Do I Have a Urinary Tract Infection?

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 Urinary tract infections (UTIs) are a common medical problem, accounting for about 8.5 million doctor visits per year. Women are more prone to UTIs than men, possibly because women's urethras are shorter than those of men and allow bacteria to reach their bladders more easily. One of every five women will develop a UTI over the course of her life.

UTI: How It Happens

Urinary tract infections happen when bacteria invade and begin to multiply in the organs of the urinary tract ‚ÄĒ the urethra, bladder, ureters, and kidneys. These bacteria usually come from the digestive tract and enter through the urethra, the internal tube which carries urine out of your bladder when you urinate.

The infection begins in the urethra and works back through the urinary tract. Most UTIs are discovered and treated when they cause a bladder infection. However, some UTIs will work their way back through the ureters, which carry urine from the kidneys to the bladder, and end up causing a kidney infection.

The vast majority of UTIs are caused by one type of bacteria, Escherichia coli (E. coli), which normally are found in the colon. Sexually transmitted microorganisms like chlamydia and mycoplasma are also known to cause UTIs.

A UTI also can occur if:

* The bladder is not fully drained during urination, giving bacteria a chance to grow in the remaining urine.  * A diaphragm pushes against the urethra, making it difficult to completely empty the bladder.
* A man has an enlarged prostate, preventing the bladder from fully draining.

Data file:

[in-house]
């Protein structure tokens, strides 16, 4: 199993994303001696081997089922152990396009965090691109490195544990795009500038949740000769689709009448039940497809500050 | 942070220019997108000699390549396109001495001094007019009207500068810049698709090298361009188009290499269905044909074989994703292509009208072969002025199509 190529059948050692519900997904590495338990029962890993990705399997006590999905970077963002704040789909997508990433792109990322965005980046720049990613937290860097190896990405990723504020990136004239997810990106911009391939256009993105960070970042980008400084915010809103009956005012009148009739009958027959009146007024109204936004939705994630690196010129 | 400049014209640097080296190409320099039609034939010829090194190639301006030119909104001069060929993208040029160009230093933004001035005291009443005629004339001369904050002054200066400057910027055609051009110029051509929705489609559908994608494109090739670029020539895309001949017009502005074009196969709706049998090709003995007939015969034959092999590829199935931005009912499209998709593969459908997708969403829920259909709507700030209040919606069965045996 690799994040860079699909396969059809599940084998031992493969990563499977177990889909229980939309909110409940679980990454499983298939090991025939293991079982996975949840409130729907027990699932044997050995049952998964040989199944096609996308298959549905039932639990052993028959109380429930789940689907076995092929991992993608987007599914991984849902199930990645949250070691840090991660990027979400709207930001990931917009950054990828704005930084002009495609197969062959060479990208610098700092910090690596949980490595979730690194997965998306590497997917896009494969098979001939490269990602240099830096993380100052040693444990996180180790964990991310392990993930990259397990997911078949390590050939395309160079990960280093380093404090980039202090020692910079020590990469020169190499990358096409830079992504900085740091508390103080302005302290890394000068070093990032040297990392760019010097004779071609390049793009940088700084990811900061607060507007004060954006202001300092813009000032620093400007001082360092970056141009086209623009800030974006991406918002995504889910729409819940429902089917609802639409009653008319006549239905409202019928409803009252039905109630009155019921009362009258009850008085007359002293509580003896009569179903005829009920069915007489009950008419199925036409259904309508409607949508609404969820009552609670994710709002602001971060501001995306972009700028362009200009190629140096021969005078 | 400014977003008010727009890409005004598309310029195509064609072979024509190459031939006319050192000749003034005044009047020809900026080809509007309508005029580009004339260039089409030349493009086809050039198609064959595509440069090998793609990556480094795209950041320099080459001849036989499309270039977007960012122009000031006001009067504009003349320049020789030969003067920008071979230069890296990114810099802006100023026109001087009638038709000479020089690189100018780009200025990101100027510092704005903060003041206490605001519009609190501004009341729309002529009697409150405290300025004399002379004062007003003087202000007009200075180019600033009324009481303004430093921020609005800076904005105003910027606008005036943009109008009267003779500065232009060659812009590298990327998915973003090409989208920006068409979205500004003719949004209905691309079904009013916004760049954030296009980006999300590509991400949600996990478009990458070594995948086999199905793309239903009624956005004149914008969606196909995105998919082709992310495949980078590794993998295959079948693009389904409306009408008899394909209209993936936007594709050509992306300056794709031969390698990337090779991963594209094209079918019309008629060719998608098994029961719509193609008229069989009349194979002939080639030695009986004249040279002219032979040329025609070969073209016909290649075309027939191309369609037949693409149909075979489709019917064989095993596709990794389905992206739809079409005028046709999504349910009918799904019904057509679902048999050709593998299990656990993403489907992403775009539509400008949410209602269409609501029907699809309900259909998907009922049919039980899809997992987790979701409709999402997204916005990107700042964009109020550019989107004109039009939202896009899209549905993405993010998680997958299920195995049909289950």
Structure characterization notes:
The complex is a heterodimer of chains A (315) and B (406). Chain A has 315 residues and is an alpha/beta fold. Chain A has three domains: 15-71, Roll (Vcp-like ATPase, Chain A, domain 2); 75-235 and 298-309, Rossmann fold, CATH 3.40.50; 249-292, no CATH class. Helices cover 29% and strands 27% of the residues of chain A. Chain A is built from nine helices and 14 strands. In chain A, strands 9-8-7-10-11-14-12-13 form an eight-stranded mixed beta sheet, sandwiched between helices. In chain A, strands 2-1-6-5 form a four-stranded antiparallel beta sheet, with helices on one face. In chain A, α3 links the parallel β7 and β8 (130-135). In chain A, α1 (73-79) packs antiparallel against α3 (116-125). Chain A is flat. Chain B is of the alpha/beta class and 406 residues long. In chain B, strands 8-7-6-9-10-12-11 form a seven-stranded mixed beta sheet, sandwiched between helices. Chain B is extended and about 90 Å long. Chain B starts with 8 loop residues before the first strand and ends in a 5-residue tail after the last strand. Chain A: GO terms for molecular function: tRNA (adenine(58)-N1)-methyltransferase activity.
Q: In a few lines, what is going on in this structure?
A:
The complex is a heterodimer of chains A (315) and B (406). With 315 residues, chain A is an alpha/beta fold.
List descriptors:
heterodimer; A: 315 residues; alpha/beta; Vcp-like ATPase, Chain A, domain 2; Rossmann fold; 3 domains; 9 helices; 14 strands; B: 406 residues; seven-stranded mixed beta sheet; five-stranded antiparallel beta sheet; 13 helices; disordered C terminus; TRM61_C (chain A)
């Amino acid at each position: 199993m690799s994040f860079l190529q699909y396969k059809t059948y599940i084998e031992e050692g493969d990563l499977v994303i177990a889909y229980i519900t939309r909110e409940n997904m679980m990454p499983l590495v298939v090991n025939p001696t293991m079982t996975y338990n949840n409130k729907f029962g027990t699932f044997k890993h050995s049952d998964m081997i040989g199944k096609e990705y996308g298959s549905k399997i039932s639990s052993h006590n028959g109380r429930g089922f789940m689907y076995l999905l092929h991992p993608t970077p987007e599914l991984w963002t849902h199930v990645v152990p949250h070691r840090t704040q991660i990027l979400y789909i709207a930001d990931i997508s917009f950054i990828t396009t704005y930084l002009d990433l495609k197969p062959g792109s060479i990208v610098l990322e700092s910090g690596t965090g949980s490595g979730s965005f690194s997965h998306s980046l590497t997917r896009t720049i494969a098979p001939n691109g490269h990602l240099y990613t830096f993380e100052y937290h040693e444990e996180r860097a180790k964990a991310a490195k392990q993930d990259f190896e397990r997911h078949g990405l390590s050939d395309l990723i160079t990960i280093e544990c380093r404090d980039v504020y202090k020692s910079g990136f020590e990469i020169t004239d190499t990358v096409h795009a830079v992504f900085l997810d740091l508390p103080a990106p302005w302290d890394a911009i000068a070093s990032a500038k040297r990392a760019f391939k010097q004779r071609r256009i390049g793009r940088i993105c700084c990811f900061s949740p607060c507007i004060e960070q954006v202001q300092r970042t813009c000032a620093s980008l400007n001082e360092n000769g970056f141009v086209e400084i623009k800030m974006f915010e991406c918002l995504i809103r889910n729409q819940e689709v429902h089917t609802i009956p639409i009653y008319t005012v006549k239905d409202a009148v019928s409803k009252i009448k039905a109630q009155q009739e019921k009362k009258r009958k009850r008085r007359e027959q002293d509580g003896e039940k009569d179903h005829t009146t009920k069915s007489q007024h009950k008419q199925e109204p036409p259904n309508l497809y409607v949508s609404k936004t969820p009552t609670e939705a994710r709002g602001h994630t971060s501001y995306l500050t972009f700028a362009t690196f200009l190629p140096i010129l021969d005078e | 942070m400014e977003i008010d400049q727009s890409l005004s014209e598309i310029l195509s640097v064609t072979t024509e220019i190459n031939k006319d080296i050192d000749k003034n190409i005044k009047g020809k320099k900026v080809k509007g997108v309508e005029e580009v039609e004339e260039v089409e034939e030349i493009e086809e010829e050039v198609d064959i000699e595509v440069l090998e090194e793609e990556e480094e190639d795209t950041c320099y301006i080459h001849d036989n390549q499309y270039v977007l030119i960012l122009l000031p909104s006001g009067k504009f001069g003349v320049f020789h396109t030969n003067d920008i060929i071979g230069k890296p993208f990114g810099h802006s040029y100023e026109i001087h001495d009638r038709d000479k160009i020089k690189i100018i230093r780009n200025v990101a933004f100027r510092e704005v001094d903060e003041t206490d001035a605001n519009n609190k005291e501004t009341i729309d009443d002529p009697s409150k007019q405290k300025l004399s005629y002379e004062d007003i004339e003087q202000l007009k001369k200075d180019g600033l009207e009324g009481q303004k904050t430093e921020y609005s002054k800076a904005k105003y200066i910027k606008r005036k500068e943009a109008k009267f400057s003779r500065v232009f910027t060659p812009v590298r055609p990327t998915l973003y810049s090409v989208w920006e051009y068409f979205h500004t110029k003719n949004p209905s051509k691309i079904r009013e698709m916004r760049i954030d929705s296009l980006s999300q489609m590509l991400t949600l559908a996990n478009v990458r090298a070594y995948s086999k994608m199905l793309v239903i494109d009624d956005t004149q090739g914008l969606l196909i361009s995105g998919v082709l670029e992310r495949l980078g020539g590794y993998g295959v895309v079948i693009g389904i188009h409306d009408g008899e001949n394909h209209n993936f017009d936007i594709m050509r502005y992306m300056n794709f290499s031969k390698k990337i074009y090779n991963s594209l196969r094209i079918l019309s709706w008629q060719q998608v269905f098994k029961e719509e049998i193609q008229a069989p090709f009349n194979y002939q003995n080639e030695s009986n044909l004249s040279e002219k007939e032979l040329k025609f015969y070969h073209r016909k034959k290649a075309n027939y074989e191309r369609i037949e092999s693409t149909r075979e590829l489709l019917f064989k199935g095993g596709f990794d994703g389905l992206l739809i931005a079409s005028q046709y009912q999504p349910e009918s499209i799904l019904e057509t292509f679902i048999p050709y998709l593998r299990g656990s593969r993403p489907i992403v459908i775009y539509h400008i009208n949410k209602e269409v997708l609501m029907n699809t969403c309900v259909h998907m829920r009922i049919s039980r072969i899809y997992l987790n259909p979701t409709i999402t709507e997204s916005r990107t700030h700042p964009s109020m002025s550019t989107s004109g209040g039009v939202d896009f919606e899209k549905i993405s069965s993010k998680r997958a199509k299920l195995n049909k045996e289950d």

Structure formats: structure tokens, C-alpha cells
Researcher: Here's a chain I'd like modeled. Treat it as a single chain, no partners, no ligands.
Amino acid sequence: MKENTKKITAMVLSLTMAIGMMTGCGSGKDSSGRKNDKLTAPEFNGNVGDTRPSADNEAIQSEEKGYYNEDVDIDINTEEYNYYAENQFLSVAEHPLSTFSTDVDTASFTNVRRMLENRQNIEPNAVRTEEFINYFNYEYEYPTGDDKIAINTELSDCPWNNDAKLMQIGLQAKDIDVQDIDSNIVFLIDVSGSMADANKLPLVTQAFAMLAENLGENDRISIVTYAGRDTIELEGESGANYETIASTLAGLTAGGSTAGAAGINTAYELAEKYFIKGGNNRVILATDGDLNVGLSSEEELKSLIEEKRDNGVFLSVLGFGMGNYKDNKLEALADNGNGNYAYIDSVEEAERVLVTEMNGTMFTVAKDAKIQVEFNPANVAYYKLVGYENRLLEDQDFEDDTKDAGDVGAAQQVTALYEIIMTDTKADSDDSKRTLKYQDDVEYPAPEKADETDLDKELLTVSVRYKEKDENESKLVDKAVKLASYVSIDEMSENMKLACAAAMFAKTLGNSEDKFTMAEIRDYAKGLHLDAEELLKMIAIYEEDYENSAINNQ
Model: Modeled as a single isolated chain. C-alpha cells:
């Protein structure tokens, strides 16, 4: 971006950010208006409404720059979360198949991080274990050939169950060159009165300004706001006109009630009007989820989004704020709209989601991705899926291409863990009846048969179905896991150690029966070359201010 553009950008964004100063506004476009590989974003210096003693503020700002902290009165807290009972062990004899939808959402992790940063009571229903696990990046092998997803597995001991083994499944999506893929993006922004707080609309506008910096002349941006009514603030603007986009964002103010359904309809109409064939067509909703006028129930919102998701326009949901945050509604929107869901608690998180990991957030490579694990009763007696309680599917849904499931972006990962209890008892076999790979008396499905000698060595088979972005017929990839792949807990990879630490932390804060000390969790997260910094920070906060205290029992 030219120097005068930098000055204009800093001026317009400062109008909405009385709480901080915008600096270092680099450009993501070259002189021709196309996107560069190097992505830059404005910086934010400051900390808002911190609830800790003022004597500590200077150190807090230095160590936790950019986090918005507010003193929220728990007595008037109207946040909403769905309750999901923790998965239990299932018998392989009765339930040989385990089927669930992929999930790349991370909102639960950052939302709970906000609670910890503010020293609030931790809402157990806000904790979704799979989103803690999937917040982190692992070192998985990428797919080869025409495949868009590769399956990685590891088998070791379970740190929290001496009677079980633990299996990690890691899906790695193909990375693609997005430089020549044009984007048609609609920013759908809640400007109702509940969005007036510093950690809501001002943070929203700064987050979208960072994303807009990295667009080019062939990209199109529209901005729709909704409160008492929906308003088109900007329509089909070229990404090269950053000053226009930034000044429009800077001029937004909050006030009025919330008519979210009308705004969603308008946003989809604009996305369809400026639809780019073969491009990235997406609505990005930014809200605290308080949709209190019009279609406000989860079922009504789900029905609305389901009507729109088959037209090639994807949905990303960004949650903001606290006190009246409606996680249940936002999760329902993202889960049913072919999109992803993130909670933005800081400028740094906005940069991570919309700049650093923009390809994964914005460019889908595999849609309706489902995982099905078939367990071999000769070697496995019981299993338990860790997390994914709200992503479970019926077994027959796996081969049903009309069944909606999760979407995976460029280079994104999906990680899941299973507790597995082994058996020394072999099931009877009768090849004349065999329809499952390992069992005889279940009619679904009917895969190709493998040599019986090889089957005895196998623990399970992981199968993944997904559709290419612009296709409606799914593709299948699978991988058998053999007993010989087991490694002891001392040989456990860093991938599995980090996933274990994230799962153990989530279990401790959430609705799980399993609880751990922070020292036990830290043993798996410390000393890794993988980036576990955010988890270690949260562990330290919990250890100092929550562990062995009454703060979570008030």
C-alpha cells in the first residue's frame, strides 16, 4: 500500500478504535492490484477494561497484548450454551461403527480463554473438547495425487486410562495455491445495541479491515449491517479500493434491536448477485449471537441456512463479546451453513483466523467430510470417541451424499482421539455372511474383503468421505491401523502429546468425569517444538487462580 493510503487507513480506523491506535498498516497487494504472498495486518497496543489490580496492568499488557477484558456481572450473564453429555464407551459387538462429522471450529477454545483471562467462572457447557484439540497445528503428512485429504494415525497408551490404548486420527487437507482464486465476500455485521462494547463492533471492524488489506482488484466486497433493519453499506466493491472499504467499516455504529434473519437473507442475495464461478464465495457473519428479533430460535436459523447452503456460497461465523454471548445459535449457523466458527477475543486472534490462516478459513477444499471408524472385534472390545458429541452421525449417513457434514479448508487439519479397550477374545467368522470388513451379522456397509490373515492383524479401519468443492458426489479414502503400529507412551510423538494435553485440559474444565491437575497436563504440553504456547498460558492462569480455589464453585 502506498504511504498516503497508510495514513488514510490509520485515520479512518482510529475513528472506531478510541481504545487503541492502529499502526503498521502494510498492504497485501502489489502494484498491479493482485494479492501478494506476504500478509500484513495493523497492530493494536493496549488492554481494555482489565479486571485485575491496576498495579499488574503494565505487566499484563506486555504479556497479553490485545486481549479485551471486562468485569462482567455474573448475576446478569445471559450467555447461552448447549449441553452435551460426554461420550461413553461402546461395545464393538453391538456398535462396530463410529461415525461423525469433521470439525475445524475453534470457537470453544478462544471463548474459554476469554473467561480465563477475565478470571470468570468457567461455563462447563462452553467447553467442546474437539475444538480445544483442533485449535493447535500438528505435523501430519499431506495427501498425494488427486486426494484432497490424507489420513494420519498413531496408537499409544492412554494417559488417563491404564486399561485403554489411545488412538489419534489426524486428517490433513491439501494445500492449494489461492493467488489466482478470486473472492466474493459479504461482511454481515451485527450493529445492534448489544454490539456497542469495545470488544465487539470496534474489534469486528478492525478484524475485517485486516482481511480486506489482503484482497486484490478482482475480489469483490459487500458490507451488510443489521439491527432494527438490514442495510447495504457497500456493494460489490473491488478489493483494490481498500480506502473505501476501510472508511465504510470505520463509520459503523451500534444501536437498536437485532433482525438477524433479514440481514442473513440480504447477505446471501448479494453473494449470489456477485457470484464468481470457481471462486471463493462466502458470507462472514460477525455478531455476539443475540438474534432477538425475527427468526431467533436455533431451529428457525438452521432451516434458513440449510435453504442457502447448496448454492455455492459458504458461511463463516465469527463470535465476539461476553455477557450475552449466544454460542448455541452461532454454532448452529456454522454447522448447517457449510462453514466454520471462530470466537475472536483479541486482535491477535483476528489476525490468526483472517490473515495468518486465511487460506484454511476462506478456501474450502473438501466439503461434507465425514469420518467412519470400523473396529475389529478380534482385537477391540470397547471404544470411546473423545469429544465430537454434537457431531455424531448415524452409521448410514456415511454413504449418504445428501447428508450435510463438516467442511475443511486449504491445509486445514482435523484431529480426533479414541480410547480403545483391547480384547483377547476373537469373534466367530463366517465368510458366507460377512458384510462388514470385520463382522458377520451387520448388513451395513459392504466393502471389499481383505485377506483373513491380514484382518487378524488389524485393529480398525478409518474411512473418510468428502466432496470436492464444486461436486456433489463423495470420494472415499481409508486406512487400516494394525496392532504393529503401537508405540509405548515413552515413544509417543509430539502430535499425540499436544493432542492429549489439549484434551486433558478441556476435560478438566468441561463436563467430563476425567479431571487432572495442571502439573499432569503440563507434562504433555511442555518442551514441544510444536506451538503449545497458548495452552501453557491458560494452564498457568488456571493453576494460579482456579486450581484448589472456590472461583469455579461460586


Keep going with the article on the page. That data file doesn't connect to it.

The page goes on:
UTI: Common Symptoms


Experiencing a urinary tract infection, or UTI, can be a painful proposition. You might feel:

* a burning sensation when you urinate
* the need to urinate more often
* an urge to go to the bathroom, but nothing comes out
* a constant ache in your lower abdomen

Additionally, your urine might change, becoming smelly, dark, cloudy, or even bloody.

UTI: Late Diagnosis and Treatment

If a UTI makes its way to your kidneys, you will feel much worse overall, with:

    * Fever
    * Chills
    * Nausea
    * Lower back pain

Kidney infections require longer periods of treatment, and might even require hospitalization.

UTI: Early Diagnosis and Treatment

Though painful, UTIs that are caught early are easily treated.

Your doctor likely will start with a urine screening. You will be asked to urinate in a cup, which is sent off to a laboratory for analysis. The lab will look for bacteria or blood cells in your urine, and might even test different antibiotics to see which best kills any bacteria found.

UTIs are normally treated with a round of antibiotics lasting one to two weeks. If the infection persists after antibiotic treatment, or if UTIs recur, the doctor might order more tests to see if there are other factors that need to be treated. Those tests may include:

 * An intravenous pyelogram, in which injected dye and X-rays are used to gather images of your kidneys,   ureters, and bladder.
    * An ultrasound exam, which uses sound waves to create images of your urinary tract.
    * A cystoscopic exam, in which a thin tube is inserted through the urethra to allow your doctor to look inside your bladder.

Men might have to undergo a rectal exam to see if an enlarged prostate is contributing to the infection.

If you think you might have a UTI, talk to your doctor as soon as possible.

 

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